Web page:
Byzantine

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Byzantine

1. of, characteristic of, or relating to Byzantium or the Byzantine Empire
2. of, relating to, or characterizing the Orthodox Church or its rites and liturgy
3. of or relating to the highly coloured stylized form of religious art developed in the Byzantine Empire
4. of or relating to the style of architecture developed in the Byzantine Empire, characterized by massive domes with square bases, rounded arches, spires and minarets, and the extensive use of mosaics
5. denoting the Medieval Greek spoken in the Byzantine Empire
www.archaeolink.com/byzantine_civilization.htm
www.metmuseum.org/explore/Byzantium/art.html
http://historymedren.about.com/cs/byzantinestudies

Byzantine

(jargon, architecture)
A term describing any system that has so many labyrinthine internal interconnections that it would be impossible to simplify by separation into loosely coupled or linked components.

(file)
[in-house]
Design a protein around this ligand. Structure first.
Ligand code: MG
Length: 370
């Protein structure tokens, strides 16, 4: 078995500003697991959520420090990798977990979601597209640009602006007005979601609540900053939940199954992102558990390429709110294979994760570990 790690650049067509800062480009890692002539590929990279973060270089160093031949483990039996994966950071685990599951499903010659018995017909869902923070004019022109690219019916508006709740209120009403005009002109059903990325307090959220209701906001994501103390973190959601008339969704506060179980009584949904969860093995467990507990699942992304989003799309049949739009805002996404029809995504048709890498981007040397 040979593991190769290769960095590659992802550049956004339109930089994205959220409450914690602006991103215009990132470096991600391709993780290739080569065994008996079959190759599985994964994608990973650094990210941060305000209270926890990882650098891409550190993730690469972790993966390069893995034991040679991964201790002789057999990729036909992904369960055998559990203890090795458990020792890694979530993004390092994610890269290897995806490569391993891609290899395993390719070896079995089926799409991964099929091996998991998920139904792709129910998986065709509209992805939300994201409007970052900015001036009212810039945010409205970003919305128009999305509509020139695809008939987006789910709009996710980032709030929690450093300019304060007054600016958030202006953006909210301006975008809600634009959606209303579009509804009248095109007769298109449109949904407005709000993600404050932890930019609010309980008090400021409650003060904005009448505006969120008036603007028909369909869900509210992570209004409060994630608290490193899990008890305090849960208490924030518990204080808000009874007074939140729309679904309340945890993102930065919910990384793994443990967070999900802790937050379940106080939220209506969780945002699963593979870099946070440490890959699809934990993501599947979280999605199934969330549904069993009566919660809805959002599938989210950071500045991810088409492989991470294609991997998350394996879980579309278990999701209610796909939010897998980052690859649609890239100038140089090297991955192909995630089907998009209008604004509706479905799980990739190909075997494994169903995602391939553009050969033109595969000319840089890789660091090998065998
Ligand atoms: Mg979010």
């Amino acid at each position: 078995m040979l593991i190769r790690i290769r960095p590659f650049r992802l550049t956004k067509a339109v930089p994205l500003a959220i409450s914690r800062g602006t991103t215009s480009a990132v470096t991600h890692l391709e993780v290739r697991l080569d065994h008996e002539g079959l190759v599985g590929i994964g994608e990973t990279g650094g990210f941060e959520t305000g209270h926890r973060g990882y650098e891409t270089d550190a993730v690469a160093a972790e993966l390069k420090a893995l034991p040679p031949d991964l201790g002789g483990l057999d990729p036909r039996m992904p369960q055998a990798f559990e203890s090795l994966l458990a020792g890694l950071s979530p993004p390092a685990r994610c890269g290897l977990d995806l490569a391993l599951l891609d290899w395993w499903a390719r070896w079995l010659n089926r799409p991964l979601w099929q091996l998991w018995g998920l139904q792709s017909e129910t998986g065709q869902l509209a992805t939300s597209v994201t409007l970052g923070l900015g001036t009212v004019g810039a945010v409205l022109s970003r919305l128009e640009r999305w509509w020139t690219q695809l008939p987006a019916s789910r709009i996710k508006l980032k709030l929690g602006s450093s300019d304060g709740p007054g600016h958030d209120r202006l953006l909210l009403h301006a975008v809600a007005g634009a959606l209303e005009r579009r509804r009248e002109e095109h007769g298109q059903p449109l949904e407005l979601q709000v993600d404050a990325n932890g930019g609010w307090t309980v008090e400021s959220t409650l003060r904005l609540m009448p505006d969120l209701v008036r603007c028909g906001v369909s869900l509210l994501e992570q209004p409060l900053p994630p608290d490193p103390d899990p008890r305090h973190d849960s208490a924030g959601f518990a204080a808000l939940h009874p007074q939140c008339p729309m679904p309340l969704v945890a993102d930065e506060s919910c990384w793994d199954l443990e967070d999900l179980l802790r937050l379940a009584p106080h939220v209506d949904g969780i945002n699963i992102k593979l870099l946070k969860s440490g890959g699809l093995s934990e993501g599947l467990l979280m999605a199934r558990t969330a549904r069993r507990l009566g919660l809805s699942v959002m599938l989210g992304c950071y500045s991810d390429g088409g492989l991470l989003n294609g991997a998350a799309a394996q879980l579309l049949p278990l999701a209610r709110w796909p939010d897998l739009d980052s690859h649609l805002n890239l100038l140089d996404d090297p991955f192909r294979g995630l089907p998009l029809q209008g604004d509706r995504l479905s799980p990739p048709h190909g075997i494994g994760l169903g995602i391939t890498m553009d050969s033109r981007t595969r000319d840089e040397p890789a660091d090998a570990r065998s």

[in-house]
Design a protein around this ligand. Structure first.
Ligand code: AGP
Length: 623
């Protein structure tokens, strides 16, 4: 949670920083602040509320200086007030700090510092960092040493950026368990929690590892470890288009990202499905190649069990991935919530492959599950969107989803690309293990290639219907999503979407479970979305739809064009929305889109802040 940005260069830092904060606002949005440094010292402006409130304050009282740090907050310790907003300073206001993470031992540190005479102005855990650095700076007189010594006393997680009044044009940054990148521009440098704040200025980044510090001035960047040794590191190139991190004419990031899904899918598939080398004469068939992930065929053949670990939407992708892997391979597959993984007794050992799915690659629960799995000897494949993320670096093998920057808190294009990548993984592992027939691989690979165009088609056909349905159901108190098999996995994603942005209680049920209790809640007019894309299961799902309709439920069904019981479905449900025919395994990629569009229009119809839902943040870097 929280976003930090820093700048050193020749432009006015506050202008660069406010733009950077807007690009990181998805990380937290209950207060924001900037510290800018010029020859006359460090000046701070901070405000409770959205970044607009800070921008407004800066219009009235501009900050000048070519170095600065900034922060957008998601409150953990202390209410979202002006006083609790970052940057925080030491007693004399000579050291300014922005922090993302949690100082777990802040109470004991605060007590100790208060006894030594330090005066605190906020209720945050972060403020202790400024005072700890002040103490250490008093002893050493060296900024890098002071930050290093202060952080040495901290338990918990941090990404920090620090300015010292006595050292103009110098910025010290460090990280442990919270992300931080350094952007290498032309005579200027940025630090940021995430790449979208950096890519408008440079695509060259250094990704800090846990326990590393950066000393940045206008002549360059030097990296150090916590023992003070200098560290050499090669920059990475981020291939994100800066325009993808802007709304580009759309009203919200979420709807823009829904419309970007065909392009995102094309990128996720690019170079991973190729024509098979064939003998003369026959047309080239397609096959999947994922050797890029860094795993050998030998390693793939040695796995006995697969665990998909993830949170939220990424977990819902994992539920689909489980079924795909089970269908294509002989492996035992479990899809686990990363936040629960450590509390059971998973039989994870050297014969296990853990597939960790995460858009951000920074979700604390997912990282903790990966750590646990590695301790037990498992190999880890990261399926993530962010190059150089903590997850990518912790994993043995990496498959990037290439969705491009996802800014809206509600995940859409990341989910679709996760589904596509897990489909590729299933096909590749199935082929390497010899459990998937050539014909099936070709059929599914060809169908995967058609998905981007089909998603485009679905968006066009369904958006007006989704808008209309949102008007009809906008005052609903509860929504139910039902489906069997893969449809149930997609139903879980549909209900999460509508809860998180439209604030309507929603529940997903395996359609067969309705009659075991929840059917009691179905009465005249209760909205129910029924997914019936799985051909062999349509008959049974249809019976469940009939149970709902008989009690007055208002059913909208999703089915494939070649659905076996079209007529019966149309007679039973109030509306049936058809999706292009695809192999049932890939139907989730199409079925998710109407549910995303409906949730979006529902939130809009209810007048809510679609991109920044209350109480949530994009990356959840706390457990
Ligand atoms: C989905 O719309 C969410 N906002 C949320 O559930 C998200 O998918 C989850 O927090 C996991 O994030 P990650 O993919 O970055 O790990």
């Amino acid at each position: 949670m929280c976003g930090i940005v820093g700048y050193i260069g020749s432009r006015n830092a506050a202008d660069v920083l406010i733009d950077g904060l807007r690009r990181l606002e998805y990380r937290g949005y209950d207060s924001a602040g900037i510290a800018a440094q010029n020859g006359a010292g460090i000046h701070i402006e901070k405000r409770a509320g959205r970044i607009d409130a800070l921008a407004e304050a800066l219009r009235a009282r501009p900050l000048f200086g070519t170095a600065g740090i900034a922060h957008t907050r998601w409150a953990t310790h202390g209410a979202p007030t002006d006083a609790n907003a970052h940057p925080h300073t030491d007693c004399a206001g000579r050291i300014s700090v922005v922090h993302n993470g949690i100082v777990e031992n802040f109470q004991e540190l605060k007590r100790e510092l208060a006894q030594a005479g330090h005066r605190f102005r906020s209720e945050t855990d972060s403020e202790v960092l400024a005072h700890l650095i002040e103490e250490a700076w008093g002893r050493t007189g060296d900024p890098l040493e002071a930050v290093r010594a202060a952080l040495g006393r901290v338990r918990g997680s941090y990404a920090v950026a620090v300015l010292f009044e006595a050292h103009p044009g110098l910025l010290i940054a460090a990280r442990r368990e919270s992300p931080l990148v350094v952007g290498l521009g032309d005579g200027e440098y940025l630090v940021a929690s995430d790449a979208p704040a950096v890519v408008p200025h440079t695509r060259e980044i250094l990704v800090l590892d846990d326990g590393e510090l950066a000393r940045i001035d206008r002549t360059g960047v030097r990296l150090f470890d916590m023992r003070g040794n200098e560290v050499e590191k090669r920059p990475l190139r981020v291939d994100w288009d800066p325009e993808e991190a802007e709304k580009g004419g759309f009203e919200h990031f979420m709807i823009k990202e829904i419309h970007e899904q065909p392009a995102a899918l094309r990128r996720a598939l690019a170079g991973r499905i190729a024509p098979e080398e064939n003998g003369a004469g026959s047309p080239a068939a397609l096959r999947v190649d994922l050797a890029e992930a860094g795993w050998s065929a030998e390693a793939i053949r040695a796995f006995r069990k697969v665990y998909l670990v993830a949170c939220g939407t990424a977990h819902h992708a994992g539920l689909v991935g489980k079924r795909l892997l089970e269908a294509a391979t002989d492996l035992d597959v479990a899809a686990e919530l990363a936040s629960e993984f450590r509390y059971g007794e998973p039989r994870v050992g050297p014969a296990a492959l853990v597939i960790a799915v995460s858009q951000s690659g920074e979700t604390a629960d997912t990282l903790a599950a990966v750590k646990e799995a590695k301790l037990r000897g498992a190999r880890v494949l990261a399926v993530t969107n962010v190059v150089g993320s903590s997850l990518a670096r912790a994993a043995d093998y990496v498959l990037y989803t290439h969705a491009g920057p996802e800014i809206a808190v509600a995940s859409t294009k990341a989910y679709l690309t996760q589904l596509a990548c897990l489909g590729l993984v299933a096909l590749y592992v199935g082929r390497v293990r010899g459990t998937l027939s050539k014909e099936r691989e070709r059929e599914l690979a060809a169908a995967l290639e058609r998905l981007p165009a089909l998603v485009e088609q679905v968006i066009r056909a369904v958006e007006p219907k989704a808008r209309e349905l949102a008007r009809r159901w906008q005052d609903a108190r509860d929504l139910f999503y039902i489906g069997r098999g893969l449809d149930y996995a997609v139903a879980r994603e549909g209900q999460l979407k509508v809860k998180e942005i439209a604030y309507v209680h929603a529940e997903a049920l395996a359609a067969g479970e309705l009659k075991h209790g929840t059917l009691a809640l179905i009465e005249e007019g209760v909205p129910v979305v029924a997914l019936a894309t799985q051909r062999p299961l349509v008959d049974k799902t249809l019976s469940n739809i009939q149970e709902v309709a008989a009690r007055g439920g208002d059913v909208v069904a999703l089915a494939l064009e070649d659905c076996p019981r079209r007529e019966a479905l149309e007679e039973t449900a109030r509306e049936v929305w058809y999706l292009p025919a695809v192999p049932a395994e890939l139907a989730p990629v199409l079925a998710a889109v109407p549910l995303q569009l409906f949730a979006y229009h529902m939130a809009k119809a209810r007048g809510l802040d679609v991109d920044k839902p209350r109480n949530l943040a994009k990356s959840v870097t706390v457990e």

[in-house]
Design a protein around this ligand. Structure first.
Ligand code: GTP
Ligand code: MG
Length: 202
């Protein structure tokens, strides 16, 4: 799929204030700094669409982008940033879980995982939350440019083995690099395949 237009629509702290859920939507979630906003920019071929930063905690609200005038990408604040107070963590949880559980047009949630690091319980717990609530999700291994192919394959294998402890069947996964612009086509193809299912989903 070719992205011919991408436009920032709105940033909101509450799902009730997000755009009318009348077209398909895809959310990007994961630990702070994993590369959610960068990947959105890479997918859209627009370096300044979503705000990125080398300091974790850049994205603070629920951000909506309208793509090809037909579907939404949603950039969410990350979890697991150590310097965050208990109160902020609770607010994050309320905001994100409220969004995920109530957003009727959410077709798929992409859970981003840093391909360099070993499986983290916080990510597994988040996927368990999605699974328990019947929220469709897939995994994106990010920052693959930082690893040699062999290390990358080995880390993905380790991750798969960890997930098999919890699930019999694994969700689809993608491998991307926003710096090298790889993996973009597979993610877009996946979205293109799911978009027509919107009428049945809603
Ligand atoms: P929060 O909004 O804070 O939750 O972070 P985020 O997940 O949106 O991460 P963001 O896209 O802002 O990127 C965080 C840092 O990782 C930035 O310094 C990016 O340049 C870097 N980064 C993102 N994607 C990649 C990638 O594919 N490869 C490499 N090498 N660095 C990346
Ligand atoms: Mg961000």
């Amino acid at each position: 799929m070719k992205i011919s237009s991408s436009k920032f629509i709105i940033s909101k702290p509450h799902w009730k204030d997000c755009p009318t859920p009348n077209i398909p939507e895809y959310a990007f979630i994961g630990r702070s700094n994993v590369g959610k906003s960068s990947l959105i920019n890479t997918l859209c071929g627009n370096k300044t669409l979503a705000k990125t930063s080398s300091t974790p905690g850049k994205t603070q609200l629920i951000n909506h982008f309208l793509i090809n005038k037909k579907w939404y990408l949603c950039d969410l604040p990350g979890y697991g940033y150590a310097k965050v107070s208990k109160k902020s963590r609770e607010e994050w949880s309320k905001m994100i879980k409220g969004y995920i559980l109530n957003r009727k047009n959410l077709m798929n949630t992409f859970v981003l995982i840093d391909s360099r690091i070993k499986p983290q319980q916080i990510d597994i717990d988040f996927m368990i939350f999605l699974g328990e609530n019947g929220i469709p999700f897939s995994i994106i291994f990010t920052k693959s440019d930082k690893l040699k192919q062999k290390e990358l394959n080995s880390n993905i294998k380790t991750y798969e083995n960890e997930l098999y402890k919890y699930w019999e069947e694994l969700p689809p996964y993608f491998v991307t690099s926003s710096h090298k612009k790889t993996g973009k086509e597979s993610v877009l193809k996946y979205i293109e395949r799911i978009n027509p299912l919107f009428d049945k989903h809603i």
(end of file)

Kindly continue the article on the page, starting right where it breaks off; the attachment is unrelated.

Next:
The city of Byzantium, later renamed Constantinople and then Istanbul, and the Byzantine Empire were vitiated by a bureaucratic overelaboration bordering on lunacy: quadruple banked agencies, dozens or even scores of superfluous levels and officials with high flown titles unrelated to their actual function, if any.

Access to the Emperor and his council was controlled by powerful and inscrutable eunuchs and by rival sports factions.

[Edward Gibbon, "Decline and Fall of the Roman Empire"].
References in periodicals archive ?
Only towards the end of the 20th century did it become obvious that besides these traditions there existed a Patrologia Orientalis as well, the thriving world of "Oriental" theological traditions, deeply authentic in form and content; it became clear that Christianity cannot be reduced to either Byzantinism or Greece.
I shall state once again my belief that the universal Orthodox tradition is wider than Byzantinism, that not all that lies outside is either heresy or spiritual delusion.
Still, the main drawback of the work has already been mentioned: Florovsky could not--and did not attempt to--determine the criteria according to which Russian theology is to be understood, as he viewed any phenomenon through the spectacles of Byzantinism.